Aug-01-15  thegoodanarchist: <whiteshark: Some match-footage:>

Outstanding historical documentary! I thank you kindly for the link to this.

Aug-02-15
Premium Chessgames Member
  whiteshark: <thegoodanarchist> You are welcome!
Aug-02-15
Premium Chessgames Member
  zanzibar: Indeed, all the AP reporting <whiteshark> found is great.

But this one in particular is fantastic.

Who was the women serving as a pseudo-second to Korchnoi in addition to Keene?

See is briefly mentioned by name, and is seen at the table (1:55) and dancing at 3:27.

Aug-02-15  Retireborn: <z> That looks like Petra Leeuwerik, who was Korchnoi's girlfriend at the time and still is, I believe. Her official title was head of Korchnoi's delegation.
Aug-02-15
Premium Chessgames Member
  zanzibar: Ah, thanks, <rb>...

I thought they were on rather, er.. "friendly", terms seeing them dancing together.

On the other hand, I know that Korchnoi was still married, and waiting for both his wife and son to emigrate from the USSR.

Here's more:

<
“The arrival of the family was in 1982 and the divorce proceedings started long after in 1988.”

Are you sure this is right? Here’s a notice in Time Magazine from August 8, 1983:

http://www.time.com/time/magazine/a...

“SEEKING DIVORCE. Viktor Korchnoi, 52, tempestuous Soviet chess grand master who defected in 1976; and Beta Korchnoi, 50, who emigrated to Switzerland last year with their son Igor, 23, after the young man spent 30 months in a Siberian labor camp for refusing military service; after 25 years of marriage; in Wohlen, Switzerland. Korchnoi, who twice lost world championship matches to erstwhile Countryman Anatoly Karpov, pleaded with Leonid Brezhnev to allow his family to leave in 1978, though he was linked romantically with his Austrian-born manager, Petra Leeuwerik.”>

http://www.chessintranslation.com/2...

Aug-02-15
Premium Chessgames Member
  zanzibar: Korchnoi's wife's name is incorrect in the above... as noted later in the link given.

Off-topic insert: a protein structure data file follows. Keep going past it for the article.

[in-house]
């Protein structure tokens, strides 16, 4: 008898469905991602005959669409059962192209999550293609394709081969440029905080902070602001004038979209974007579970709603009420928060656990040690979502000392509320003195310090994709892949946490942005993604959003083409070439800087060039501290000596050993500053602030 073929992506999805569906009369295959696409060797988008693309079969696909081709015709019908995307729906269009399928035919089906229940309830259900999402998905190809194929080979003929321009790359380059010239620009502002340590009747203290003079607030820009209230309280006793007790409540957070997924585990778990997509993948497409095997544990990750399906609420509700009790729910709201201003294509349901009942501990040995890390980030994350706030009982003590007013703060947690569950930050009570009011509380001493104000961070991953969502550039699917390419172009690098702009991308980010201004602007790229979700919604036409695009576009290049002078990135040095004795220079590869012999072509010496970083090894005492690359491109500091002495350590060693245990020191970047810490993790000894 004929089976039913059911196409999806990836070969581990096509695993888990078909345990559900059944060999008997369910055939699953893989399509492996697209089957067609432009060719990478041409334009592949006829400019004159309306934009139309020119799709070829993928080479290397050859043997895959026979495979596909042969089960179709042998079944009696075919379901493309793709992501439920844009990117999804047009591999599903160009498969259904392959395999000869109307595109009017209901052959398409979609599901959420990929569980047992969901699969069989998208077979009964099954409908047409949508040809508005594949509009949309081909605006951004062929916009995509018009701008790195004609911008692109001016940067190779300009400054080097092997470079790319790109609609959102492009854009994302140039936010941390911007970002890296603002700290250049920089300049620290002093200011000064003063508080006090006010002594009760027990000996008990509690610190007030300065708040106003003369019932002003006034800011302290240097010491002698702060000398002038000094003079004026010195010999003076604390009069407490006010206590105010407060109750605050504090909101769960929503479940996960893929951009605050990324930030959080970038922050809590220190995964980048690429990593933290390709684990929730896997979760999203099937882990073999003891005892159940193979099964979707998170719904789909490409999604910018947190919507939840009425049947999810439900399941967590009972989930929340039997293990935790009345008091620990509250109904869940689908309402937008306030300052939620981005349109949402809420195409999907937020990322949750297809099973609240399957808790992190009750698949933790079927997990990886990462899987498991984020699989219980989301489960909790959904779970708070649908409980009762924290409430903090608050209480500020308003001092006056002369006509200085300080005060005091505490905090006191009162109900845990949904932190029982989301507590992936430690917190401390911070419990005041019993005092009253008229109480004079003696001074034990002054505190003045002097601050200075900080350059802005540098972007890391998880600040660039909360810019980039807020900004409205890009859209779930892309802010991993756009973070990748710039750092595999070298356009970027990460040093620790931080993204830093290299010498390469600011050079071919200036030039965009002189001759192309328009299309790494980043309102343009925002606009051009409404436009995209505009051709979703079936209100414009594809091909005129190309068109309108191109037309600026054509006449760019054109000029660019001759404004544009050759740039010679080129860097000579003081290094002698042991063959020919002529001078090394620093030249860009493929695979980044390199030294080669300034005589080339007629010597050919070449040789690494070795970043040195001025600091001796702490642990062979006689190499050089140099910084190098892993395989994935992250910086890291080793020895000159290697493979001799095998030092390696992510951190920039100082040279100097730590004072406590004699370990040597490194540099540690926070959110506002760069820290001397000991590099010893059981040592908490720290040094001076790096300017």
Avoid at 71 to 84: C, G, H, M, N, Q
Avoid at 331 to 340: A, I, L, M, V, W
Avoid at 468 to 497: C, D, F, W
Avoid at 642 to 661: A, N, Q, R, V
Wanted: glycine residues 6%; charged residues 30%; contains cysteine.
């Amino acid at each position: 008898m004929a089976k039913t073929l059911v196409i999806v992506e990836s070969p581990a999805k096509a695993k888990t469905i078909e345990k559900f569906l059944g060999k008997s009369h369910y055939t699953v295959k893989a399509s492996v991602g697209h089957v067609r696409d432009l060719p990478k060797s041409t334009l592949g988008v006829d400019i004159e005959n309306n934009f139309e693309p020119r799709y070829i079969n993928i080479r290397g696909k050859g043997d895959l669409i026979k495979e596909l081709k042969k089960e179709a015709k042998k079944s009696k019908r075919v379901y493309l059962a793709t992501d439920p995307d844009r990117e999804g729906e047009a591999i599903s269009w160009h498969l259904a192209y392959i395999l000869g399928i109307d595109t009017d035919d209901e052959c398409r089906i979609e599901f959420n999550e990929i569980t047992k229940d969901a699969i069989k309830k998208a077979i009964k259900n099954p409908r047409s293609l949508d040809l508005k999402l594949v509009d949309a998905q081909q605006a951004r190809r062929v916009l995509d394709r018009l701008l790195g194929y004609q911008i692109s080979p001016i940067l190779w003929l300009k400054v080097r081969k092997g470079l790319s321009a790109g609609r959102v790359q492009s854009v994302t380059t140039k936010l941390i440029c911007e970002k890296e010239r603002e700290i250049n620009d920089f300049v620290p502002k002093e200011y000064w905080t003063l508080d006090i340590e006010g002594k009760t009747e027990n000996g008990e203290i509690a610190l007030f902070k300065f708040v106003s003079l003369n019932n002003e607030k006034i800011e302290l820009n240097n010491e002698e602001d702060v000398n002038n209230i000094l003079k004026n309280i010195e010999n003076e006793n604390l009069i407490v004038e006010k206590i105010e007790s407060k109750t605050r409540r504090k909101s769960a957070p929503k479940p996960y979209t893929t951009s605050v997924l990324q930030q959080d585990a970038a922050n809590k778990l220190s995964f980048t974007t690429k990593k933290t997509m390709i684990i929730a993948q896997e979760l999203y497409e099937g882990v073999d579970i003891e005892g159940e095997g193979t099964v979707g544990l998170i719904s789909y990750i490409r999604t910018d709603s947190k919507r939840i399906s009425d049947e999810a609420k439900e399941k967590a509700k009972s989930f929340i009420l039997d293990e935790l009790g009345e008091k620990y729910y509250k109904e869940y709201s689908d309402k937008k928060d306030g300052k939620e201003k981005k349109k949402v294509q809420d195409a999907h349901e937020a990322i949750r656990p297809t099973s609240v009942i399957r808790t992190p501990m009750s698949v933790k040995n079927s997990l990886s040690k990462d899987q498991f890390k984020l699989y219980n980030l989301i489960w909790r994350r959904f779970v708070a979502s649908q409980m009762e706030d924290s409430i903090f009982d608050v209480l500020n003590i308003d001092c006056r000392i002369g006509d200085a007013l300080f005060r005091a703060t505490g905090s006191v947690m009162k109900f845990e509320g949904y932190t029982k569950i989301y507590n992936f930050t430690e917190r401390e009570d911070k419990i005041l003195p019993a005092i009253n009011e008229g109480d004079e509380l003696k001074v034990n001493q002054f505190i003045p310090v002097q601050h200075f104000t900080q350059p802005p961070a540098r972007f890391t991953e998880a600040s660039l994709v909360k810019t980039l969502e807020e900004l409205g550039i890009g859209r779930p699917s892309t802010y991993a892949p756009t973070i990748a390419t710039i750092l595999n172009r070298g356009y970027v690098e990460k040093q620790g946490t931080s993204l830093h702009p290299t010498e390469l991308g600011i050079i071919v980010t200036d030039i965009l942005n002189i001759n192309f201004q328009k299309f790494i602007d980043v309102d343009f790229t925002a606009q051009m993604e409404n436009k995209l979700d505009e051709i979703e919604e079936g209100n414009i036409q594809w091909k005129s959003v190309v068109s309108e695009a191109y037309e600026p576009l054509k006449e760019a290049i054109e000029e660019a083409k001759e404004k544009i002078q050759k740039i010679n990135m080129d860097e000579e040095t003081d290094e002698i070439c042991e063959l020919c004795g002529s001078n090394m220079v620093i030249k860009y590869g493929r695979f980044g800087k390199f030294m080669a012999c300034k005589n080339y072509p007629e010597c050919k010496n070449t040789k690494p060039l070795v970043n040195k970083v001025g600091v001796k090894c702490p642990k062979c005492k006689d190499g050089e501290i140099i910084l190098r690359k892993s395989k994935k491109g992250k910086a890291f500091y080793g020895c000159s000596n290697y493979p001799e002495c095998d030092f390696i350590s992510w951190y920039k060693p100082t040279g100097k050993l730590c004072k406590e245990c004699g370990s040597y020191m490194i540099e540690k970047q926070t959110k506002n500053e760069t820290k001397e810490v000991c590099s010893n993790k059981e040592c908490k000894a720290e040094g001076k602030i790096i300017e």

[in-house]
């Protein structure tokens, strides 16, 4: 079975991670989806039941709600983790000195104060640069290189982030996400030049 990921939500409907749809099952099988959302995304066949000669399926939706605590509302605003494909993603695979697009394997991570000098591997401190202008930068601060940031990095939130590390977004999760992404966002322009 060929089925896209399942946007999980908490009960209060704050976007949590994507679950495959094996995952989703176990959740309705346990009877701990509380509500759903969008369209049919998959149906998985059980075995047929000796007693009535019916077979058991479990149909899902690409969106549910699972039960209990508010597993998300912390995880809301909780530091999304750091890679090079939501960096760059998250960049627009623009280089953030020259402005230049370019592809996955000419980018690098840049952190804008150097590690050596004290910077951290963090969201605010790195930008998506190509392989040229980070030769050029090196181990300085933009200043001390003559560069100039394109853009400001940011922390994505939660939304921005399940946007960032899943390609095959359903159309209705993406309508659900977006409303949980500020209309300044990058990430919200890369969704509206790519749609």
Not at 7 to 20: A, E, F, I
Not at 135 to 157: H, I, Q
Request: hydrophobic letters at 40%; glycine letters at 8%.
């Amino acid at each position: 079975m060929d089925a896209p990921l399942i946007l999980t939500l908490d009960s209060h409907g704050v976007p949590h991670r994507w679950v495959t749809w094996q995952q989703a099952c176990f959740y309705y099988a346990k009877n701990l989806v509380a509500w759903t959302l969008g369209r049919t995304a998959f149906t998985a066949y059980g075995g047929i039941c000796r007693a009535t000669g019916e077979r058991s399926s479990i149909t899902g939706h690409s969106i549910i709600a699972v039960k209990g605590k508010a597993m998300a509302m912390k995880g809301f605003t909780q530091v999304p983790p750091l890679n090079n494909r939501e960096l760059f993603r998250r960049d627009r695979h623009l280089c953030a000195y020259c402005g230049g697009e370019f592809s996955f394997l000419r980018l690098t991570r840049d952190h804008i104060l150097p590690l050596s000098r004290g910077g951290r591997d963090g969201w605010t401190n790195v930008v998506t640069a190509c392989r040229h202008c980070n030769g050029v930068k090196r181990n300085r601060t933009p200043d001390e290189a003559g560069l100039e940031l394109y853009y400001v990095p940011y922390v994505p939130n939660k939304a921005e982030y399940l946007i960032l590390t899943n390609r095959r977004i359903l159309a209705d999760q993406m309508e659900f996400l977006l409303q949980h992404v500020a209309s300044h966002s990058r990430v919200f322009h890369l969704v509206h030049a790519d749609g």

It's Bela (not Beta).

Oct-24-15
Premium Chessgames Member
  offramp: I truly believe that Kortschnoi's wins in this match were "better" than Karpov's. I know that a win is a win and a point is a point...

Often Karpov's wins were as a result of a Kortschnoi blunder, but Kortschnoi's wins often show a bit of artistry. I suppose that that means that Karpov is much harder to beat!

But this was, in its totality, a great match, one of the best. Two chess players both on top form, scandals, murder (the Ananda Margas were wanted for murder), political intrigue, hypnotism, musicals, hurricanes, the wrong chess set for game 1, and a quasi-Armageddon finish.

That is a match!

Oct-24-15  Howard: True--out of Karpov's six wins, three of them (Games 13, 17, and 27) came out because of blunders by Korchnoi (with the 17th game being by far the most blatant example!).

In contrast, out of Korchnoi's five wins, only one (Game 11) came about due to a Karpov blunder.

But, on the other hand, what about the category of "botched wins" ? Jeez, Korchnoi should damn well have won the 5th game, but most of us know how that turned out ! Then there were Games 20 and 22, in which Karpov had easy wins but blew both of them.

Frankly, I wouldn't call this "one of the best" WC matches, at all. The level of play left a lot to be desired, plus the ridiculous off-the-board shenanigans didn't help matters.

Oct-24-15  HeMateMe: Don't all victories come from blunders?
Oct-24-15
Premium Chessgames Member
  perfidious: <HMM: Don't all victories come from blunders?>

Maybe for ordinary mortals, but all mine came after dazzling displays of supreme talent.

Oct-24-15  Howard: There's a difference between outright blunders, and minor mistakes.